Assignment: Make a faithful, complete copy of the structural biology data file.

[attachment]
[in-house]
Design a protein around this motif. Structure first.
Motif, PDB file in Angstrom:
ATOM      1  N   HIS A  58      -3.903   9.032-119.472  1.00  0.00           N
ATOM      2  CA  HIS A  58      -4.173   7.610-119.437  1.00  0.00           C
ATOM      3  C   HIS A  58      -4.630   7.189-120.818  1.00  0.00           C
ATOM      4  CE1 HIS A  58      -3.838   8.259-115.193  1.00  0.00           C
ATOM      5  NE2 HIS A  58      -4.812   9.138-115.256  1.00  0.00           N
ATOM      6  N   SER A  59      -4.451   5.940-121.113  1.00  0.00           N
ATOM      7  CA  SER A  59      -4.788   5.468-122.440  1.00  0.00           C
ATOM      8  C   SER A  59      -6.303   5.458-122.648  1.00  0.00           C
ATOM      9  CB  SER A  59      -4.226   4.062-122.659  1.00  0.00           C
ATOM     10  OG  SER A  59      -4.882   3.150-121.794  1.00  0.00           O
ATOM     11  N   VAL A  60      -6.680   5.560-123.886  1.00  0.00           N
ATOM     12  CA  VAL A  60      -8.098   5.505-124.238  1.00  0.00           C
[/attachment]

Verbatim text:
[in-house]
Design a protein around this motif. Structure first.
Motif, PDB file in Angstrom:
ATOM      1  N   HIS A  58      -3.903   9.032-119.472  1.00  0.00           N
ATOM      2  CA  HIS A  58      -4.173   7.610-119.437  1.00  0.00           C
ATOM      3  C   HIS A  58      -4.630   7.189-120.818  1.00  0.00           C
ATOM      4  CE1 HIS A  58      -3.838   8.259-115.193  1.00  0.00           C
ATOM      5  NE2 HIS A  58      -4.812   9.138-115.256  1.00  0.00           N
ATOM      6  N   SER A  59      -4.451   5.940-121.113  1.00  0.00           N
ATOM      7  CA  SER A  59      -4.788   5.468-122.440  1.00  0.00           C
ATOM      8  C   SER A  59      -6.303   5.458-122.648  1.00  0.00           C
ATOM      9  CB  SER A  59      -4.226   4.062-122.659  1.00  0.00           C
ATOM     10  OG  SER A  59      -4.882   3.150-121.794  1.00  0.00           O
ATOM     11  N   VAL A  60      -6.680   5.560-123.886  1.00  0.00           N
ATOM     12  CA  VAL A  60      -8.098   5.505-124.238  1.00  0.00           C